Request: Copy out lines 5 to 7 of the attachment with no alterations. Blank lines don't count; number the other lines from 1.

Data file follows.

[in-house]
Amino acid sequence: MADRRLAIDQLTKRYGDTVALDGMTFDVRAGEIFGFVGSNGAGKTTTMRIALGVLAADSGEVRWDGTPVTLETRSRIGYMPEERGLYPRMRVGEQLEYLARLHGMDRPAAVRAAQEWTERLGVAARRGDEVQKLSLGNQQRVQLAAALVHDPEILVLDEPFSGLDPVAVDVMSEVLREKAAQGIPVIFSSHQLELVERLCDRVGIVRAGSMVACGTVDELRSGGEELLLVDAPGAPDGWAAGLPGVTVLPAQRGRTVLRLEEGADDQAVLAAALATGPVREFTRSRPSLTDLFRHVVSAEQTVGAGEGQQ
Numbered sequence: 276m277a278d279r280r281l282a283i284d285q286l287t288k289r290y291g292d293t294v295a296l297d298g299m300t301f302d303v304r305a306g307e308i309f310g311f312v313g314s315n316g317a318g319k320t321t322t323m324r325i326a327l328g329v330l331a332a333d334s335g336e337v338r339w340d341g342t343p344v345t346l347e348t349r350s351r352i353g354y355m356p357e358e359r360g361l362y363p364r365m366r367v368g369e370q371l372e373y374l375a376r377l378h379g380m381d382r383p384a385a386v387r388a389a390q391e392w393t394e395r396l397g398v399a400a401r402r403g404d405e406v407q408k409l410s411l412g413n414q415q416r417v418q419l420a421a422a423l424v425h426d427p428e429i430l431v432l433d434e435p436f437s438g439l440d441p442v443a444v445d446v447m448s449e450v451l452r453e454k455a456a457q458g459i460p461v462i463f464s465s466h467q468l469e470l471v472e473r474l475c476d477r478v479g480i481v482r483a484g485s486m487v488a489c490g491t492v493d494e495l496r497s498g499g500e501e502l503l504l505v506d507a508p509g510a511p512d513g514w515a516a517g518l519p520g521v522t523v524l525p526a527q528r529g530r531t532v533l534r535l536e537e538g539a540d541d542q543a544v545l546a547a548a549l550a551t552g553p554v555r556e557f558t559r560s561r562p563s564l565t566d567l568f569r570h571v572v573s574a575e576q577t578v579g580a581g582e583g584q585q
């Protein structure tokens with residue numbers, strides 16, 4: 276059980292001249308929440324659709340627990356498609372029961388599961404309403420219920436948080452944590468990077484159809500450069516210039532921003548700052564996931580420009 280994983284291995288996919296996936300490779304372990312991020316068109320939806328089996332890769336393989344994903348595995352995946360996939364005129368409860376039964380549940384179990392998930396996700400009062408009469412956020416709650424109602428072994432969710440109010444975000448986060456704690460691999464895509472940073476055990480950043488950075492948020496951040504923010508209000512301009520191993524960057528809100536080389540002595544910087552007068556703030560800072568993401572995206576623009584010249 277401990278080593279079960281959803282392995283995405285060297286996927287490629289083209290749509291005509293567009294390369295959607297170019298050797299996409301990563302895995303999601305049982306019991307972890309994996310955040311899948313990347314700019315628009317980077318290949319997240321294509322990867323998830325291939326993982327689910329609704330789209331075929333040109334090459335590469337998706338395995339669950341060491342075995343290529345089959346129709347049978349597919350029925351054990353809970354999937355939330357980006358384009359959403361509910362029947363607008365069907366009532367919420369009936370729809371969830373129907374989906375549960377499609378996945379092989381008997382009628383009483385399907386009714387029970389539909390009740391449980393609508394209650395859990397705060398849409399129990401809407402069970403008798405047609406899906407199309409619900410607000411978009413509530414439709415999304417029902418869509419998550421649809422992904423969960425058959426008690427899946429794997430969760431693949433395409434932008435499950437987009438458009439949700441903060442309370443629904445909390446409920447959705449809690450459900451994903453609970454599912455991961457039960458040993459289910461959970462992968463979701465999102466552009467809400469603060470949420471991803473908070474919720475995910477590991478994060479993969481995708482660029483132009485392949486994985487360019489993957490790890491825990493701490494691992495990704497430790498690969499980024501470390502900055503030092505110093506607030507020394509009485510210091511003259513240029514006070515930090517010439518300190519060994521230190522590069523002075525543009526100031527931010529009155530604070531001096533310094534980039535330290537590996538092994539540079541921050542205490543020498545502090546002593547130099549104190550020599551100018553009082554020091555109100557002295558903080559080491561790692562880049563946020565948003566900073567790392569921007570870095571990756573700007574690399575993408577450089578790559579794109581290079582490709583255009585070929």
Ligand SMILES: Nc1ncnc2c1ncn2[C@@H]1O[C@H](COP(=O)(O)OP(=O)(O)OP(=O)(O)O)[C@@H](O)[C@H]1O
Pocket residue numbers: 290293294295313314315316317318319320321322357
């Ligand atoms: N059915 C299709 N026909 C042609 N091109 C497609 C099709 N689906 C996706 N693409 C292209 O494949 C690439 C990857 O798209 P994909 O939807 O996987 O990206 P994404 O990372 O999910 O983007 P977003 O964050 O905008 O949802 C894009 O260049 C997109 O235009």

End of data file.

Ligand SMILES: Nc1ncnc2c1ncn2[C@@H]1O[C@H](COP(=O)(O)OP(=O)(O)OP(=O)(O)O)[C@@H](O)[C@H]1O
Pocket residue numbers: 290293294295313314315316317318319320321322357
């Ligand atoms: N059915 C299709 N026909 C042609 N091109 C497609 C099709 N689906 C996706 N693409 C292209 O494949 C690439 C990857 O798209 P994909 O939807 O996987 O990206 P994404 O990372 O999910 O983007 P977003 O964050 O905008 O949802 C894009 O260049 C997109 O235009």